Thursday, August 25, 2016

Reframing and politicising an animal welfare story at BBC News - by Hadar Sela

...Clearly telling BBC audiences the story of the relocation of abused animals from the Khan Younis zoo was of much less interest to Yolande Knell than the opportunistic promotion of her long apparent political agenda.

Hadar Sela..
BBC Watch..
25 August '16..

A filmed report which appeared on the BBC News website’s homepage as well as on its ‘World’ and ‘Middle East’ pages on August 24th revisited the location of a previous BBC report from April 2012.

Back then, the report titled “Gaza zoo resorts to displaying stuffed animals” told audiences that:

“A zoo owner in Gaza has had to resort to displaying stuffed animals, because of a shortage of live ones.

Mohamed Owaida from the Khan Younis Zoo says it is proving too costly to feed his living animals, and he can not always get live specimens through the Israeli blockade of the Gaza strip.”

Around the same time, the Times of Israel also produced a report about that zoo.

“Flies swarm around some of the 10 animals that have been embalmed so far. The makeshift cages housing the exhibits — fashioned from fencing salvaged from Jewish settlements that Israel dismantled in 2005 — are littered with empty soda cans and other trash.

An emaciated-looking stuffed lion, its coat patchy and mangy, lies on an exhibit cobbled together from crates and shipping pallets. A monkey had missing limbs. A porcupine had a hole in its head.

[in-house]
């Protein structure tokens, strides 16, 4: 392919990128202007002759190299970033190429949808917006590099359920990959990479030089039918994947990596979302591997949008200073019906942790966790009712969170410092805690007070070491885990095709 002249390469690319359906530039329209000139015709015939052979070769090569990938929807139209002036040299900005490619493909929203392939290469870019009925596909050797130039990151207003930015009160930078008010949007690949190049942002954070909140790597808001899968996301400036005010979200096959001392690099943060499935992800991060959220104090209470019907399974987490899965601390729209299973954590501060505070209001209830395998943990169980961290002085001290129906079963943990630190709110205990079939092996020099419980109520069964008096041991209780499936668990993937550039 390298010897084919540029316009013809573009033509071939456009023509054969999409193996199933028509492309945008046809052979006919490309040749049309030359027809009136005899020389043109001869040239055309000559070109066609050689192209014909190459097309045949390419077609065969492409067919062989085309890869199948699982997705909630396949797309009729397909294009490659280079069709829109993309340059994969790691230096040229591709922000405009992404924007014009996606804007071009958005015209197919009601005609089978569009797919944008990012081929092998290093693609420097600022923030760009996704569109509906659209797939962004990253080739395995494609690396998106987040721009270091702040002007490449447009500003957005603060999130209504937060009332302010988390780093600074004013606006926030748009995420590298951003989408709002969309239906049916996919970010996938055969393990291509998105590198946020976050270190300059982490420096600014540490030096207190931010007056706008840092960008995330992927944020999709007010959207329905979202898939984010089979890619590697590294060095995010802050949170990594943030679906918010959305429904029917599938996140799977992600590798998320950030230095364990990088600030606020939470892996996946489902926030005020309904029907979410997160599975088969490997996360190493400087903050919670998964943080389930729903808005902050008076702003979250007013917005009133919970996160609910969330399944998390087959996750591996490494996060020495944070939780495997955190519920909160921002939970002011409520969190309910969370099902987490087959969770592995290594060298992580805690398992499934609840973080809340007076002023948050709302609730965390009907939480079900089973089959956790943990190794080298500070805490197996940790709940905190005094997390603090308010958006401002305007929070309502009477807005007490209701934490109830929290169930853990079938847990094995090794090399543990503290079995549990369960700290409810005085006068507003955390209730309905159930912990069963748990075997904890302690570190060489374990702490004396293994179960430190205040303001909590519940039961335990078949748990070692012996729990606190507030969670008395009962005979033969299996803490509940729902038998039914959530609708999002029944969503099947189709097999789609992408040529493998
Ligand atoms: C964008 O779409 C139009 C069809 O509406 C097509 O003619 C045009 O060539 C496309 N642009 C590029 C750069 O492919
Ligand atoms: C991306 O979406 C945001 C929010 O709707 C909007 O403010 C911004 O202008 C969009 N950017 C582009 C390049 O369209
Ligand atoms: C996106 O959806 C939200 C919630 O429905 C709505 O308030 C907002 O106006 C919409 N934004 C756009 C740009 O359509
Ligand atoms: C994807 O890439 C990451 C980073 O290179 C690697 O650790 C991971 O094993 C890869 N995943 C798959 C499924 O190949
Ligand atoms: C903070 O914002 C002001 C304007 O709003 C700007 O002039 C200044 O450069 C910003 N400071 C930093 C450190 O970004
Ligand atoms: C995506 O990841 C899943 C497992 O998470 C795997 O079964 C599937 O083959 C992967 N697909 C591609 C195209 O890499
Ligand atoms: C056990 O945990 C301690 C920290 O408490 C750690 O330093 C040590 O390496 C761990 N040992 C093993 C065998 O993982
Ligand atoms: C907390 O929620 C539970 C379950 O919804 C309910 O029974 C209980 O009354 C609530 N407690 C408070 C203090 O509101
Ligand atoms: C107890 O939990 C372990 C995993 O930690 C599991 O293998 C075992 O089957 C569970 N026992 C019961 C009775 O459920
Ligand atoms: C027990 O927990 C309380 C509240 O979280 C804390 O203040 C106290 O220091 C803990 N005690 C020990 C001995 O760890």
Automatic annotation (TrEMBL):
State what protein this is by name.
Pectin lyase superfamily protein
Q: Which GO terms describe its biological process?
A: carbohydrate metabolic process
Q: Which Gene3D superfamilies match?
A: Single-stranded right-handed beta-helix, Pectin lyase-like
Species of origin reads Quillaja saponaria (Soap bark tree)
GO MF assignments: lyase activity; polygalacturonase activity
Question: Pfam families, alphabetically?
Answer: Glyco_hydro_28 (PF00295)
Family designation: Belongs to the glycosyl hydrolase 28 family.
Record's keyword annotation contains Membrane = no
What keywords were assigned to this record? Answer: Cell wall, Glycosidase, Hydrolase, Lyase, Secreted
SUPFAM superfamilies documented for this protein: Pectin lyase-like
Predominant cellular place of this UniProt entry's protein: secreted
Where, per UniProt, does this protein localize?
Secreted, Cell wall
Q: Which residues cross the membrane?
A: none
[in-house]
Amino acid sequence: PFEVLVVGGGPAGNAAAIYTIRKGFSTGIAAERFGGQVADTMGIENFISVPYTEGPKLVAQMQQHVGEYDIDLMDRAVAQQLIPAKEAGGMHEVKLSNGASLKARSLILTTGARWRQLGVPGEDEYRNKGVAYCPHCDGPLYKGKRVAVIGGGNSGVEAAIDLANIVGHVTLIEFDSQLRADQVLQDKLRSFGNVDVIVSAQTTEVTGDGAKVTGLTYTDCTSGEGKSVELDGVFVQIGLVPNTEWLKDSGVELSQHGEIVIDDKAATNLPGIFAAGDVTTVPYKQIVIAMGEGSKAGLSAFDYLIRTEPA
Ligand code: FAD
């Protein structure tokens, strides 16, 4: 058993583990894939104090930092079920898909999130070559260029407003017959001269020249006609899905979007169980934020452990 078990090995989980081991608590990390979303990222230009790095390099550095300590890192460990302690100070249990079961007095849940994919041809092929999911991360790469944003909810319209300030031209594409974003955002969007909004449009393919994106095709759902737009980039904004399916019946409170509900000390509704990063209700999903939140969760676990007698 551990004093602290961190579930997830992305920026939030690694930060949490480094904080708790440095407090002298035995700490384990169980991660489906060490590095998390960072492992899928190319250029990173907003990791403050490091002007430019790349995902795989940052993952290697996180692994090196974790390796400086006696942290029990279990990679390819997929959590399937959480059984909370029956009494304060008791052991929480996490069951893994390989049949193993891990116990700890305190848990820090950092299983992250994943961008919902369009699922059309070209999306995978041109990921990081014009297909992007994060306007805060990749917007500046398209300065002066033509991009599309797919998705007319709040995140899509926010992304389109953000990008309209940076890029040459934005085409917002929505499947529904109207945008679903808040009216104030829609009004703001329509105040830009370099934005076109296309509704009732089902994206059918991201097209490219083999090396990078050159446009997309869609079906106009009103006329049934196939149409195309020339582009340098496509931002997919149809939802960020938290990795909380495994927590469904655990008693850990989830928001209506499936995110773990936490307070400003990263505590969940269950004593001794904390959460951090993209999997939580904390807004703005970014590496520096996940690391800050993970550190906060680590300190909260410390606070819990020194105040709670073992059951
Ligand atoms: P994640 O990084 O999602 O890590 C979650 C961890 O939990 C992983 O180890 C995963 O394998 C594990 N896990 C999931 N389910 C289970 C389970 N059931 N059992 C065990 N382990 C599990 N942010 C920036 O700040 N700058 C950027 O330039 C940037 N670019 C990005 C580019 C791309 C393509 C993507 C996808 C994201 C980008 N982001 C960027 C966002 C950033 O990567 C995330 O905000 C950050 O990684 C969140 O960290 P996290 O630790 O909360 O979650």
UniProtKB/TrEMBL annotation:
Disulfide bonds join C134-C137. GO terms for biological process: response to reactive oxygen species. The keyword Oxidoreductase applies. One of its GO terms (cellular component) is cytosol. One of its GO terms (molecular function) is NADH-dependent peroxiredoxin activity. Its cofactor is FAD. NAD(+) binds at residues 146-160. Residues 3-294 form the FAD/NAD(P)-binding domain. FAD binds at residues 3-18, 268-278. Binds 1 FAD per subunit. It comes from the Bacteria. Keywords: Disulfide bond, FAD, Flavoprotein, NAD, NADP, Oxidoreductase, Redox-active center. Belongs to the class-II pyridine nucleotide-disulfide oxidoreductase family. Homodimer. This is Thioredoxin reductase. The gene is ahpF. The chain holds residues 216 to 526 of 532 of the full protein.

The zoo’s 65 live animals, which include ostriches, monkeys, turtles, deer, a llama, a lion and a tiger, don’t fare much better. During a recent visit, children poked chocolate, potato chips and bread through the wire. There’s no zookeeper on the premises. Gaza has no government body that oversees zoos, and medical treatment is done by consulting over the phone with zoo veterinarians in Egypt.[…]

Owner Mohammed Awaida said he opened the “South Forest Park” in 2007, only to lose a number of animals during Israel’s military offensive against Hamas that began in December 2008. During the three-week offensive, launched in response to rocket attacks on Israel, Awaida said he could not reach the zoo, and many animals died of neglect and starvation.”

Earlier this year the international animal charity ‘Four Paws’ began trying to save the remaining animals in Khan Younis.

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